Despite facing the worst economic crisis in decades, the Obama administration has continued to push forward with a far-reaching education policy agenda. But moving forward effectively requires understanding what we now know about a number of key educational issues. Drawing on four decades of education research and its mission of bringing accurate data and objective analysis to education policy, RAND Education has created five policy briefs that summarize what is known about several key education topics and what that knowledge tells us about potential federal policymaking roles.
Accountability in Public Education
The No Child Left Behind Act of 2001 (NCLB) requires that all states hold districts and schools accountable for student performance based on test scores in reading and mathematics. The accountability system was designed to promote high achievement for all students and reduce the disparities in performance among different groups.
The research suggests that states, districts, and schools have worked hard to implement NCLB, leading to some positive changes in school practices and student performance. However, the research also identifies limitations in the NCLB approach to accountability, suggesting that policymakers further refine a national accountability system and commit resources for experimentation and evaluation to find better instructional methods, better strategies for allocating resources, and more-effective forms of governance.
Pay-for-Performance in K-12 Education
One proposal to improve teacher effectiveness involves shifting from a uniform salary schedule to a pay-for-performance (P4P) system-attaching financial rewards to student achievement on standardized tests, possibly in combination with other data, such as graduation rates or measures of educators' practices.
The research shows that P4P programs have led to higher student achievement in some cases, but the research is limited. Because knowledge about designing effective P4P programs is so limited, funding for further piloting and evaluation will be especially important. In addition, P4P must be combined with other reforms, including implementation of high-quality standards and curriculum materials, well-designed pre-service training and professional development, and assistance to educators to promote continuous improvement in educational practices.
Since their controversial inception in 1992, charter schools have become a widely used alternative to traditional public schools. Charter school laws and funding levels vary from state to state, and charter schools represent a wide variety of educational approaches-all of which make it difficult to generalize assessments of how such schools have performed.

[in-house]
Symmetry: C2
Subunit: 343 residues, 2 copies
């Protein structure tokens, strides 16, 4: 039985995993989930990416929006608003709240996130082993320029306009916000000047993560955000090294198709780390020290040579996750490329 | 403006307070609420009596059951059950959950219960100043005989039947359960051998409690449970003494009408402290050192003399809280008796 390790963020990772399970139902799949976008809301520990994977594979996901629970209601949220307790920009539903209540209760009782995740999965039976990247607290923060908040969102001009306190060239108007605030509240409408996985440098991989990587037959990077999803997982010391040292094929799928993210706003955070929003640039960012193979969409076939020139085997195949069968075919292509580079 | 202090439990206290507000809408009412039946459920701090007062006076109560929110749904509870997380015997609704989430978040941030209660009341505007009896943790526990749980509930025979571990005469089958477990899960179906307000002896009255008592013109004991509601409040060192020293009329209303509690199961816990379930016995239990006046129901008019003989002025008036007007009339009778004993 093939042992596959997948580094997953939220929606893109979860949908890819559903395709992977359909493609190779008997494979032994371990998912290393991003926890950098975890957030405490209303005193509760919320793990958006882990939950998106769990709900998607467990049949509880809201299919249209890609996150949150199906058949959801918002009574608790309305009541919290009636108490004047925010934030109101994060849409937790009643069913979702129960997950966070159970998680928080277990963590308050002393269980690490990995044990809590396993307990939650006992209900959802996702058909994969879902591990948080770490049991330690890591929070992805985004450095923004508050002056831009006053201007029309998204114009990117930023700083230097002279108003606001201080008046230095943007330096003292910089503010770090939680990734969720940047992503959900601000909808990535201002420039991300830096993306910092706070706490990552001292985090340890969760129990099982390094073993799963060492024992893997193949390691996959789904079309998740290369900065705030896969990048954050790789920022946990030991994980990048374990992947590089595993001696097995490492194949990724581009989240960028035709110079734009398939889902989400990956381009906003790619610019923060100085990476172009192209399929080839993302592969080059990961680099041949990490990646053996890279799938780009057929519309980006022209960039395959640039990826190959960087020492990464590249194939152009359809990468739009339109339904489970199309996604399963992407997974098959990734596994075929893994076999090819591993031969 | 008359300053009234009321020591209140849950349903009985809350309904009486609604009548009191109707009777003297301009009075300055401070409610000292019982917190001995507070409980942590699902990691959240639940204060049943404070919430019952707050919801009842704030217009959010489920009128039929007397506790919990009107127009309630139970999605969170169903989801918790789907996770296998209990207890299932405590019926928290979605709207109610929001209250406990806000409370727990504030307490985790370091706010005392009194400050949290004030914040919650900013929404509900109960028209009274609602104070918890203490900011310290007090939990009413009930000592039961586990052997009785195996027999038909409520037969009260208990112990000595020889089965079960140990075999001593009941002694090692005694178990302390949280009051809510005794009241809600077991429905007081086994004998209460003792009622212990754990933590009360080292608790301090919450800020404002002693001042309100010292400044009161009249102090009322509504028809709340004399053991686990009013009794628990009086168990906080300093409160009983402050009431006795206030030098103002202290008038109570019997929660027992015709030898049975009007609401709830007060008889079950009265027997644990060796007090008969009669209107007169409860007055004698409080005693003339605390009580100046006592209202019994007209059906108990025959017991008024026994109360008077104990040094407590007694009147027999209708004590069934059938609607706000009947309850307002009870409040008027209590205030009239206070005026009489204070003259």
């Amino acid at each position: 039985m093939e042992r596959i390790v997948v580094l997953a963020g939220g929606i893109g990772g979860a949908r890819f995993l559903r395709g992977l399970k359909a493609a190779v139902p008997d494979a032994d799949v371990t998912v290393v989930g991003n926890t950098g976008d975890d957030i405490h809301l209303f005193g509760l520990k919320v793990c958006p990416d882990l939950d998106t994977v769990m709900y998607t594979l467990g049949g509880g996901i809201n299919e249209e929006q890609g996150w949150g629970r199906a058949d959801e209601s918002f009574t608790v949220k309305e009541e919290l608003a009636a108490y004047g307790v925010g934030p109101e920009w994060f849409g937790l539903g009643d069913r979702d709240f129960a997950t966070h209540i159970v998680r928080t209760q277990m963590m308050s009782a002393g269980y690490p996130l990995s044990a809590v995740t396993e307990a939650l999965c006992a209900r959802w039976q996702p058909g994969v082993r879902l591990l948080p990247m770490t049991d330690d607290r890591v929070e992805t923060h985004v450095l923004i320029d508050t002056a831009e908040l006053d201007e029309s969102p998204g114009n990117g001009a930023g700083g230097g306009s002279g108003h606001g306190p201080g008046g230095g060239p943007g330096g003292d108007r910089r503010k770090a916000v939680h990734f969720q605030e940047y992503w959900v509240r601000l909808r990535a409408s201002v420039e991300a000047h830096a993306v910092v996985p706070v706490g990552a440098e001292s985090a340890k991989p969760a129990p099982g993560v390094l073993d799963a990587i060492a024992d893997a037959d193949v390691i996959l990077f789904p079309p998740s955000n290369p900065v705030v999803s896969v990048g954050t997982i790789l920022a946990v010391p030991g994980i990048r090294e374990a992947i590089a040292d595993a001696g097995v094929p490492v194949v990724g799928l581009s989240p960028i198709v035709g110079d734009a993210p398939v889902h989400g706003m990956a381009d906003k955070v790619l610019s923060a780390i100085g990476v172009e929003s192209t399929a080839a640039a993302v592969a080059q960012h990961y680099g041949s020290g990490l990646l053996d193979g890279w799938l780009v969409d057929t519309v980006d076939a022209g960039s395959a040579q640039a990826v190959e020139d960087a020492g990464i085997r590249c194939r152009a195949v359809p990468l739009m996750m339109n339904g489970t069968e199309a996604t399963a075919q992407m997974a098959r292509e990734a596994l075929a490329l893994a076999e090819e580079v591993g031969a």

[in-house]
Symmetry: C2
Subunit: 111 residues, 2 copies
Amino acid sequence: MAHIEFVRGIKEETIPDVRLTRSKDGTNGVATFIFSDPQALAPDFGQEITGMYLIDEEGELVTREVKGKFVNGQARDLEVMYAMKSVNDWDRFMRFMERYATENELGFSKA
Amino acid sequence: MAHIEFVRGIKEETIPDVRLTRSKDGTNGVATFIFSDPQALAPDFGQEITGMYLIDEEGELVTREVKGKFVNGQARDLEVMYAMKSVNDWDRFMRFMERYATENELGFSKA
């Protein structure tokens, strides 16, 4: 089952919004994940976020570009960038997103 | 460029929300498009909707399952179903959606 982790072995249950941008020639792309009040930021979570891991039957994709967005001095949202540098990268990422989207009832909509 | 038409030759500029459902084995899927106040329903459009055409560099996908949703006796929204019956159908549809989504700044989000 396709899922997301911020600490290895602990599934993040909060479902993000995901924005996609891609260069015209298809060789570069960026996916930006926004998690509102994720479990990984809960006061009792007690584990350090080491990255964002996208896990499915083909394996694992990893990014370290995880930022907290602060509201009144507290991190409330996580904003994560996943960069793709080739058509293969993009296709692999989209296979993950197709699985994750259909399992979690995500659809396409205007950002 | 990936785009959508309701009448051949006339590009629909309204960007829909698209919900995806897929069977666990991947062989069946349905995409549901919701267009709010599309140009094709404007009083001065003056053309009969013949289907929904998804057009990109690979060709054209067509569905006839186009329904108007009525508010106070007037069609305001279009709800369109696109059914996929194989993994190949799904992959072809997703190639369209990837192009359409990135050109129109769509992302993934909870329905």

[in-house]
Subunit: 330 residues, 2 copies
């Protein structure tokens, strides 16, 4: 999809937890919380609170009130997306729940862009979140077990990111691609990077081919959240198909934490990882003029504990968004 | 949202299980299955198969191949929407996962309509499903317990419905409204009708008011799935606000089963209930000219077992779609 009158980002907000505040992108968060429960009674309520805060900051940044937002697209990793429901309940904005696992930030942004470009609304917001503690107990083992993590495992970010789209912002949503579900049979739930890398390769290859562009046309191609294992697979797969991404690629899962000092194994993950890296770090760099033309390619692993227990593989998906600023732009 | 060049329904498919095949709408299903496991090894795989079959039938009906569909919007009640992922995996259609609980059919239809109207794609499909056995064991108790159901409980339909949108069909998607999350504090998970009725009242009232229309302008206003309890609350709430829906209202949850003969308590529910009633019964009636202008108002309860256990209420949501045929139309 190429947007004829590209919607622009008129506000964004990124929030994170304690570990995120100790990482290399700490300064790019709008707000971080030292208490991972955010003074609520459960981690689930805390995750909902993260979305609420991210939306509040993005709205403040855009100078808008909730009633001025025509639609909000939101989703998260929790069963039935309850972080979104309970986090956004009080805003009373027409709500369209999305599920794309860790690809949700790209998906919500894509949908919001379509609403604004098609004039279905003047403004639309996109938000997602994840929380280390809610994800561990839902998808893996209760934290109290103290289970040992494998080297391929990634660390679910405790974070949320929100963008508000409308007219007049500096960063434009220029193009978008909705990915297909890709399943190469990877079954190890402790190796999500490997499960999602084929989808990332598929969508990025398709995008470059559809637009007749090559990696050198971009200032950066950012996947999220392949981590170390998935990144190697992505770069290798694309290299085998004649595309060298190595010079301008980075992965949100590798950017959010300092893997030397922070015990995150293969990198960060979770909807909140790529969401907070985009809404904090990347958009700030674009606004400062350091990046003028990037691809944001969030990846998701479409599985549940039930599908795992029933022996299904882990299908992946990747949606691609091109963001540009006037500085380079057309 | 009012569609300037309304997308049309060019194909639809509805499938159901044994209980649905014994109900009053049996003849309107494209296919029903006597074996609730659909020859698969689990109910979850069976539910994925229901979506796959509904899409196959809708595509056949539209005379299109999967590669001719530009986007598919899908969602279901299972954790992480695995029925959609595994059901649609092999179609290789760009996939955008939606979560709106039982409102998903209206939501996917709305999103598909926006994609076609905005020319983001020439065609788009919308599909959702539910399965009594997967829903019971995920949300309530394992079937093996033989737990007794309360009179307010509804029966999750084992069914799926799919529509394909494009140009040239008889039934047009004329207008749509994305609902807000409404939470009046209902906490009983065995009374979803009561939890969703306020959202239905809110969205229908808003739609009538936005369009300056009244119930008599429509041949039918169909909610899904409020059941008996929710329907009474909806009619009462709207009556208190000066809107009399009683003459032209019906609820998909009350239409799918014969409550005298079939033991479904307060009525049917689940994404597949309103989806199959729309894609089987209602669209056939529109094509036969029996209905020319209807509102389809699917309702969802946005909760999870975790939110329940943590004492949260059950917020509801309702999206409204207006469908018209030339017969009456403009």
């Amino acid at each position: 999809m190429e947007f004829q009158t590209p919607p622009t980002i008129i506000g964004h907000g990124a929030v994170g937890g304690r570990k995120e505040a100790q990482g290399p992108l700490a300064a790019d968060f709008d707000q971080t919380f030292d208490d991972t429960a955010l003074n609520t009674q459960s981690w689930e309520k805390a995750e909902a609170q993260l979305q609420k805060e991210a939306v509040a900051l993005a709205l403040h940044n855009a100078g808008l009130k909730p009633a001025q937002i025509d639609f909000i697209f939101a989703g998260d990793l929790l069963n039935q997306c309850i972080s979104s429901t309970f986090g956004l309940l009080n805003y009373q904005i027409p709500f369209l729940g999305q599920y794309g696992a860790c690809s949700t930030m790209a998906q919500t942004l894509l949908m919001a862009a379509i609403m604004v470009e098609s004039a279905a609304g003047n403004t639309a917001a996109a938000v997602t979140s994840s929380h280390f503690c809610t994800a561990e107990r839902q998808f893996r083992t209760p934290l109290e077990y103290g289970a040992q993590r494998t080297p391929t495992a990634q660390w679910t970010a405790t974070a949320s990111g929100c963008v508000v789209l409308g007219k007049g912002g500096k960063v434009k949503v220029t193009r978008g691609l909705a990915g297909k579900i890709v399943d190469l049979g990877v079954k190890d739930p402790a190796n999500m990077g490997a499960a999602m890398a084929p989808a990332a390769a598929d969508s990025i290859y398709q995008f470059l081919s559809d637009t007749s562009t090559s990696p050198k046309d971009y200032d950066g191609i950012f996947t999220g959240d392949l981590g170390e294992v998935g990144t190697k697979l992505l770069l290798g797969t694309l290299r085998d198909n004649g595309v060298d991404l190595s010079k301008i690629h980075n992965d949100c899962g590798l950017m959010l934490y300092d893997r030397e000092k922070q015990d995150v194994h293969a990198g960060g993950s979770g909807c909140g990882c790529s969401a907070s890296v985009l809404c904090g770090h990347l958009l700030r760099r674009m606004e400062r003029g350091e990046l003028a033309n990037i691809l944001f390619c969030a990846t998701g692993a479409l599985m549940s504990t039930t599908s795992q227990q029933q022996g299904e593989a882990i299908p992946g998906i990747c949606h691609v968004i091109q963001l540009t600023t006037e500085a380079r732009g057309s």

Despite this, research on charter schools in a number of cities and states shows that they do have some positive effects on high school student attainment and do not produce the predicted negative effects, such as skimming white or higher-achieving students. The federal government can play an important role by supporting investigations that track individual students over time and examine outcomes beyond just test scores, enabling best practices to be identified that can improve charter school performance.
School Choice Participation
NCLB offers students in low-performing schools the opportunity to switch schools. But in 2006-2007, only about 1 percent of students in schools identified for improvement took the opportunity to transfer to better-performing schools, even though the option is generally being offered where required.
When it comes to low participation, research points mostly to the fact that many parents remain unaware of their children's school status and of the opportunity to choose, but it also suggests that many factors besides school performance influence parents' decisions. Although improved parent notifications may help, the power of school choice to induce educational improvement is limited now; while policymakers should still offer school choice, the research argues that they should focus efforts on reforms that improve performance in all schools.
High-quality preschool education is increasingly being seen as key to achieving NCLB goals. States have invested heavily in preschool programs, most of which target at-risk children, and the federal government has had a long-standing commitment to early care and education through a number of programs.
The research shows that high-quality preschool can provide important benefits, such as narrowing readiness gaps and later achievement gaps, but that access to high-quality preschool programs varies greatly. While many states are pursuing initiatives to address these shortfalls in quality and access, federal policy can supplement and complement state efforts.
J. R. Lockwood
J.R. Lockwood is a Senior Statistician in the Pittsburgh, PA office. His education research has focused on longitudinal modeling of student achievement, value-added models for estimating teacher effects, and experimental and quasi-experimental methods in educational evaluation. He has led two projects to develop enhanced statistical models for estimating teacher effects and to develop computational methods for implementing complex models with large datasets. He is also working on designing and analyzing two randomized experiments on teacher pay for performance. He holds a Ph.D. in Statistics from Carnegie Mellon University.
Read more about Mr. Lockwood »
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